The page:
I really believe that instead of focusing on what another writer is doing, a good writer is writing. A true artist is working all the time with their head down and largely not noticing what others are up to. If J.K Rowling sells millions of books and makes millions of people happy, why and how does that have a negative impact on me? You shouldn’t begrudge someone their rewards. As Stephen Pressfield said, “The professional has learned that success, like happiness, comes as a by-product of work. The professional concentrates on the work and allows rewards to come or not come, whatever they like.”

None of us really have any control over how our books will be received, but we do have control over our actions. We can choose to behave toward each other with some class or we can belittle someone else’s success by telling ourselves that their stuff is no good and they don’t deserve it anyway because the public is ‘stupid’.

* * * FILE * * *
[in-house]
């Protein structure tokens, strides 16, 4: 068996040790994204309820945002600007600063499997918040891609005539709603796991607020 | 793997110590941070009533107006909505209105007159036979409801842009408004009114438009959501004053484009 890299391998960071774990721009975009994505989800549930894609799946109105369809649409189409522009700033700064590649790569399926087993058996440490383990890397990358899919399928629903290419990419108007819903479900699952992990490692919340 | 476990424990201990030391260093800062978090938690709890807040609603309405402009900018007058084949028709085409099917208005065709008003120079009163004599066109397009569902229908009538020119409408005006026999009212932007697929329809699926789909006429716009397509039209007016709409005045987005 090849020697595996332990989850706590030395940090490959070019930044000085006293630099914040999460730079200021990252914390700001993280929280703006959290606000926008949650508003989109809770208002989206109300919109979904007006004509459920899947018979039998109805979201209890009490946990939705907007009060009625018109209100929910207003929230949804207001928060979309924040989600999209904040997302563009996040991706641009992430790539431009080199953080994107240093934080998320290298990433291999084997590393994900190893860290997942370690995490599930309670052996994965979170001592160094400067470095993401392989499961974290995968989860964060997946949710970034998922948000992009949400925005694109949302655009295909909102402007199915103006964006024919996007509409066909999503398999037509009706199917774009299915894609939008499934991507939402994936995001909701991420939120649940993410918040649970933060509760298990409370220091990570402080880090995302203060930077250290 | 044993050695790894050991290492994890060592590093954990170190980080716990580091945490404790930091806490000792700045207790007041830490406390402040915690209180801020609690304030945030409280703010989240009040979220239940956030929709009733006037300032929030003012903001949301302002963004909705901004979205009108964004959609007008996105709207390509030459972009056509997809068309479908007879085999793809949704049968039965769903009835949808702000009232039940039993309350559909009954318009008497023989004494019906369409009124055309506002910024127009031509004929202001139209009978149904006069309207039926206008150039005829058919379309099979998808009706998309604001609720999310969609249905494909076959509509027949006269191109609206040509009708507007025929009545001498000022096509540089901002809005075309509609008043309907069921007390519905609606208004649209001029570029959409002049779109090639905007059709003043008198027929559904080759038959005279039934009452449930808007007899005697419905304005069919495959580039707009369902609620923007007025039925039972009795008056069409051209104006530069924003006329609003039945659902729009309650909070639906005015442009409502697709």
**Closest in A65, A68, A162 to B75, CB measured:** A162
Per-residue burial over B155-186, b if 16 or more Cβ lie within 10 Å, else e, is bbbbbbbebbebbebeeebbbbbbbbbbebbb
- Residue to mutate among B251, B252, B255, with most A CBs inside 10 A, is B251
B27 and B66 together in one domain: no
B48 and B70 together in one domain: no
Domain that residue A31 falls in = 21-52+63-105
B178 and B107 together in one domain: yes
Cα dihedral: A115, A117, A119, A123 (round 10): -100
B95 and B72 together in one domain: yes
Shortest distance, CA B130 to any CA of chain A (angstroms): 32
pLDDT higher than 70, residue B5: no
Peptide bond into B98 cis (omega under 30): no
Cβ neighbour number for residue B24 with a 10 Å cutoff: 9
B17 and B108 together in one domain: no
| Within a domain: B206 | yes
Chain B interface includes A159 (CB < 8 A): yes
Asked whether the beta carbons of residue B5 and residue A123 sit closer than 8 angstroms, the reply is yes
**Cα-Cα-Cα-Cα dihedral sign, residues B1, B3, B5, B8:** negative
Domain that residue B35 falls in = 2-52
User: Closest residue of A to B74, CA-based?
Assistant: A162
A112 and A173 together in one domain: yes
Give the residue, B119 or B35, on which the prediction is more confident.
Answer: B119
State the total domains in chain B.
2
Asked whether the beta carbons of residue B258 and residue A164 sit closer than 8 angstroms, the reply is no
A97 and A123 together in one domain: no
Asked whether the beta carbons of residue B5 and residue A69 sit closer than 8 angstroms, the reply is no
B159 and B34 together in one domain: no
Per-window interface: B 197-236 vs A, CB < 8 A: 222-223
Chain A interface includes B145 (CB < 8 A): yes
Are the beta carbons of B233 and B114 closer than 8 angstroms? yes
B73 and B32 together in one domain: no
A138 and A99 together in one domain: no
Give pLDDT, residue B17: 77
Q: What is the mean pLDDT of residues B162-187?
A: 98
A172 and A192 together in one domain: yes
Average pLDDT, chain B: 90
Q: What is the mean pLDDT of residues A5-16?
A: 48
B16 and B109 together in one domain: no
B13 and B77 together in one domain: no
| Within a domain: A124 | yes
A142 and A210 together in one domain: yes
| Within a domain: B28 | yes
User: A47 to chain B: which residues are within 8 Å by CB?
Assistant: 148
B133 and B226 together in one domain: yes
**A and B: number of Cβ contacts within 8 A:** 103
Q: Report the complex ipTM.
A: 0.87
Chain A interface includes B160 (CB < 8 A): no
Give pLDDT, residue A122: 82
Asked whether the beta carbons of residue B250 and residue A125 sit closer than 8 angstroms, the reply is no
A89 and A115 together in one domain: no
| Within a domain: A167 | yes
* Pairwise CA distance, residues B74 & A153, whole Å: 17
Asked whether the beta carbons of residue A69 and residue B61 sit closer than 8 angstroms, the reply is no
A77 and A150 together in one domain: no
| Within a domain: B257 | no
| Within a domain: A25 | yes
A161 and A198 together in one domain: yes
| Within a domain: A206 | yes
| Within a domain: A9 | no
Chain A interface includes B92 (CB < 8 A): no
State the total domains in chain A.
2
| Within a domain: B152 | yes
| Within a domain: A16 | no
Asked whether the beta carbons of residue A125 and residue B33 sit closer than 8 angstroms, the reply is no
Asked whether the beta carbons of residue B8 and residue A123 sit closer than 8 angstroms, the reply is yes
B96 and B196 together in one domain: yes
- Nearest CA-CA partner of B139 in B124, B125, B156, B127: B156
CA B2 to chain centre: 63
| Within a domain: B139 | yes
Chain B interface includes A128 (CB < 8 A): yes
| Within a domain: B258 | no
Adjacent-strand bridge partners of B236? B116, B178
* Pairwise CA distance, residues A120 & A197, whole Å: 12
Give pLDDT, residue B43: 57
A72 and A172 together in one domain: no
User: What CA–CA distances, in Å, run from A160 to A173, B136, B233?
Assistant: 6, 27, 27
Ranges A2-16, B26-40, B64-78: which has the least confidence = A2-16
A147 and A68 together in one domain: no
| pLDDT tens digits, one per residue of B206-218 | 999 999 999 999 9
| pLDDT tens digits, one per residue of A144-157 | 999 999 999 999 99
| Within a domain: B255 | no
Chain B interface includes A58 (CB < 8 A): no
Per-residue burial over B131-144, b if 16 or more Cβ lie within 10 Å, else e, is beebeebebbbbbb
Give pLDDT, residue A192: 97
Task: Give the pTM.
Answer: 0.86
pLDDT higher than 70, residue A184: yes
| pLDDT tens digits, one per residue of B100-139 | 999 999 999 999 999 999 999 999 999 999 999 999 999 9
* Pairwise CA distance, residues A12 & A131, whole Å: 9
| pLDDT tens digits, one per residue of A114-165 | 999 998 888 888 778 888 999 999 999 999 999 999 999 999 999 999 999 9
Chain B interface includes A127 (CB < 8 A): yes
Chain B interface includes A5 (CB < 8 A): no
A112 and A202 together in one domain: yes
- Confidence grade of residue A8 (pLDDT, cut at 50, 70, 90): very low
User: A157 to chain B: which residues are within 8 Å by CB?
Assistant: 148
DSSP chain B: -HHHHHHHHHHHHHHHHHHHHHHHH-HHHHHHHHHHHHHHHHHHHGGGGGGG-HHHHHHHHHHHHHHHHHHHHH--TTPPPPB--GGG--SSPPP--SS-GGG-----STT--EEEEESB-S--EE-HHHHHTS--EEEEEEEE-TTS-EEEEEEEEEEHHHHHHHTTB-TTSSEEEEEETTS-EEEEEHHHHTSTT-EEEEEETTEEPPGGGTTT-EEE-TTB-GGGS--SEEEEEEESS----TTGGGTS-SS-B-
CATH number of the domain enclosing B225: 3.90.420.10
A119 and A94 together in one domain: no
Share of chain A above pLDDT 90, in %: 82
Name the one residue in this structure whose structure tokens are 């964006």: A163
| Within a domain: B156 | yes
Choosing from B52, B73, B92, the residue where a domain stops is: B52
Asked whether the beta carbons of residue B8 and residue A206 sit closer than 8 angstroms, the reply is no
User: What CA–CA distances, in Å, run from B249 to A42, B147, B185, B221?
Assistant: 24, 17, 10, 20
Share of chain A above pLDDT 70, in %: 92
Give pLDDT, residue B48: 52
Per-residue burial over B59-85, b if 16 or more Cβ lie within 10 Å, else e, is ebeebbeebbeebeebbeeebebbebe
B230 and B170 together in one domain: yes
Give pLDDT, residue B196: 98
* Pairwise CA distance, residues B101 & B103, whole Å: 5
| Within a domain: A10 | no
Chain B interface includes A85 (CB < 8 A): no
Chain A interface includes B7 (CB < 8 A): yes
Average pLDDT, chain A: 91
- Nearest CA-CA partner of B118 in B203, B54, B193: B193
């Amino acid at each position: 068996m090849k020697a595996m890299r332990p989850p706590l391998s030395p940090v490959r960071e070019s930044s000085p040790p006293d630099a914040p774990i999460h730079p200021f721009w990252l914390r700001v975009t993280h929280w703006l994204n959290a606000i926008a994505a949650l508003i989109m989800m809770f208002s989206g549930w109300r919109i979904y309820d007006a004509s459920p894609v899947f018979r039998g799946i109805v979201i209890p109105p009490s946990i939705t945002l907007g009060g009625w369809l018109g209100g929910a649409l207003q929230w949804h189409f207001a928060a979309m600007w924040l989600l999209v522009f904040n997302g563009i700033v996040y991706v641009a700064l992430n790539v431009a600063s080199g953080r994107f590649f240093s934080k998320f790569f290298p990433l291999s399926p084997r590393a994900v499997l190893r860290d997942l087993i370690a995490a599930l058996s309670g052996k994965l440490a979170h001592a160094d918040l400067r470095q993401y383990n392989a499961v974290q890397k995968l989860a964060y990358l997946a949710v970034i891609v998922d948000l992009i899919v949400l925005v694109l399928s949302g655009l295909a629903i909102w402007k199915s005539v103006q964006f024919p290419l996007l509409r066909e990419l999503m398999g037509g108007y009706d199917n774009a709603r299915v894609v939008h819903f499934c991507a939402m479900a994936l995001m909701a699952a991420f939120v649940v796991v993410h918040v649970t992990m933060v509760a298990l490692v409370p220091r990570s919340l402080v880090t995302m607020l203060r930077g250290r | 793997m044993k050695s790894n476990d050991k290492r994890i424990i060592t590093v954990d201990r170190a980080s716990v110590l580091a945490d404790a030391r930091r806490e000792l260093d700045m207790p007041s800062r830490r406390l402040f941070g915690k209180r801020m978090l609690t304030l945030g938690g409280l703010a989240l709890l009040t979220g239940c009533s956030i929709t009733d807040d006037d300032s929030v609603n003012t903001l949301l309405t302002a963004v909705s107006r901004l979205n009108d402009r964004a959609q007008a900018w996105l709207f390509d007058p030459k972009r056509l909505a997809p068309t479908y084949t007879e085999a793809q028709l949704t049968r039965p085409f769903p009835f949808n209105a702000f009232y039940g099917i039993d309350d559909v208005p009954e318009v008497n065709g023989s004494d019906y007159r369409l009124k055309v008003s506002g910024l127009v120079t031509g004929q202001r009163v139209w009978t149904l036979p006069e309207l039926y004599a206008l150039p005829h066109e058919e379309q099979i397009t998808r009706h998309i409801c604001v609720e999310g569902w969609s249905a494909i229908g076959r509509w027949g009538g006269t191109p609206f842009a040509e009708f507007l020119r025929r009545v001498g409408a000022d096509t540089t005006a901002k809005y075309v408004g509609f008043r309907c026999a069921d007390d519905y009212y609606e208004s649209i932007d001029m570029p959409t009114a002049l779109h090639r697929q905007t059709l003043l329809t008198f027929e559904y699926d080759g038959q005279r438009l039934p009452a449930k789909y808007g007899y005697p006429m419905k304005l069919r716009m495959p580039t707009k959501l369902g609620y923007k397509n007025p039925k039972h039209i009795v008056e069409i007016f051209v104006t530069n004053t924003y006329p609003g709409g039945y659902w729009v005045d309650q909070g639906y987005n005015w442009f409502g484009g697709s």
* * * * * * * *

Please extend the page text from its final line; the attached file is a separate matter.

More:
Perhaps if you’re going to do that you need to question why you became a writer in the first place. In other words, give your head a shake!


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The Unborn – Book Cover!

Here is the cover for the third book in my vampire series. The Vampires of Soldiers Cove: The Unborn.  Release date: April 1st!


Pageflex Persona [document: PRS0000038_00073]

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So You Don’t Care About Ellen Page

Ellen Page